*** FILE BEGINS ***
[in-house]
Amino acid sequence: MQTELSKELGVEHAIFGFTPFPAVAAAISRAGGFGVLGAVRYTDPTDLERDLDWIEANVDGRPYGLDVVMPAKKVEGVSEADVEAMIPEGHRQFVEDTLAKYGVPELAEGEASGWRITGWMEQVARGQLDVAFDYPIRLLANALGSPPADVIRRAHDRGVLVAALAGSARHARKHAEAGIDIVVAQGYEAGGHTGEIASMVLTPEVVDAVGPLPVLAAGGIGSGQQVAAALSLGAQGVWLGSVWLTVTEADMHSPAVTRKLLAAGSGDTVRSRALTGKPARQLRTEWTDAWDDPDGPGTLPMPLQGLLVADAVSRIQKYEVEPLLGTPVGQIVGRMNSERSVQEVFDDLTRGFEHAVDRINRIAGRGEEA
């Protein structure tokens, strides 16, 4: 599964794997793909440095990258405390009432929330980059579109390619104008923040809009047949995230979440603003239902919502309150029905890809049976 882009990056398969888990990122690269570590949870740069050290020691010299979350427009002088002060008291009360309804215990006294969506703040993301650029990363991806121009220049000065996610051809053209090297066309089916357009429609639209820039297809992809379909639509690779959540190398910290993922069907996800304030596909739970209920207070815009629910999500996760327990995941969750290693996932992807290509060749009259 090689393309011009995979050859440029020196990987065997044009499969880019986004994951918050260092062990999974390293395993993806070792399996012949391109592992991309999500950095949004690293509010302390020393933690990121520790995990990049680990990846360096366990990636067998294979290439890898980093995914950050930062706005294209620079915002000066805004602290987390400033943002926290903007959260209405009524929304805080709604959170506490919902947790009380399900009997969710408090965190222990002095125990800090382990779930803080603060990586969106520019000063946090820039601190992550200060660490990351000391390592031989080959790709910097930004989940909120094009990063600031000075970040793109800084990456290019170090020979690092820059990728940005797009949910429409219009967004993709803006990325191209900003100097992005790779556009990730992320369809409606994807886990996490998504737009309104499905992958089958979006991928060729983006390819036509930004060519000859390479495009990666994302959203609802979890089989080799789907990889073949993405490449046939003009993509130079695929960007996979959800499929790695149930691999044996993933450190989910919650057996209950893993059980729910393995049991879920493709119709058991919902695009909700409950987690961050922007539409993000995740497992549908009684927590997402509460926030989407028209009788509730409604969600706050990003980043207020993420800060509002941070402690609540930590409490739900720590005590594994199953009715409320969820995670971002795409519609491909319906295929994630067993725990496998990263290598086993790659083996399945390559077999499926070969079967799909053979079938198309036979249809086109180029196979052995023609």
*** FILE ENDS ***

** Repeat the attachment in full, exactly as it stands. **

[in-house]
Amino acid sequence: MQTELSKELGVEHAIFGFTPFPAVAAAISRAGGFGVLGAVRYTDPTDLERDLDWIEANVDGRPYGLDVVMPAKKVEGVSEADVEAMIPEGHRQFVEDTLAKYGVPELAEGEASGWRITGWMEQVARGQLDVAFDYPIRLLANALGSPPADVIRRAHDRGVLVAALAGSARHARKHAEAGIDIVVAQGYEAGGHTGEIASMVLTPEVVDAVGPLPVLAAGGIGSGQQVAAALSLGAQGVWLGSVWLTVTEADMHSPAVTRKLLAAGSGDTVRSRALTGKPARQLRTEWTDAWDDPDGPGTLPMPLQGLLVADAVSRIQKYEVEPLLGTPVGQIVGRMNSERSVQEVFDDLTRGFEHAVDRINRIAGRGEEA
């Protein structure tokens, strides 16, 4: 599964794997793909440095990258405390009432929330980059579109390619104008923040809009047949995230979440603003239902919502309150029905890809049976 882009990056398969888990990122690269570590949870740069050290020691010299979350427009002088002060008291009360309804215990006294969506703040993301650029990363991806121009220049000065996610051809053209090297066309089916357009429609639209820039297809992809379909639509690779959540190398910290993922069907996800304030596909739970209920207070815009629910999500996760327990995941969750290693996932992807290509060749009259 090689393309011009995979050859440029020196990987065997044009499969880019986004994951918050260092062990999974390293395993993806070792399996012949391109592992991309999500950095949004690293509010302390020393933690990121520790995990990049680990990846360096366990990636067998294979290439890898980093995914950050930062706005294209620079915002000066805004602290987390400033943002926290903007959260209405009524929304805080709604959170506490919902947790009380399900009997969710408090965190222990002095125990800090382990779930803080603060990586969106520019000063946090820039601190992550200060660490990351000391390592031989080959790709910097930004989940909120094009990063600031000075970040793109800084990456290019170090020979690092820059990728940005797009949910429409219009967004993709803006990325191209900003100097992005790779556009990730992320369809409606994807886990996490998504737009309104499905992958089958979006991928060729983006390819036509930004060519000859390479495009990666994302959203609802979890089989080799789907990889073949993405490449046939003009993509130079695929960007996979959800499929790695149930691999044996993933450190989910919650057996209950893993059980729910393995049991879920493709119709058991919902695009909700409950987690961050922007539409993000995740497992549908009684927590997402509460926030989407028209009788509730409604969600706050990003980043207020993420800060509002941070402690609540930590409490739900720590005590594994199953009715409320969820995670971002795409519609491909319906295929994630067993725990496998990263290598086993790659083996399945390559077999499926070969079967799909053979079938198309036979249809086109180029196979052995023609």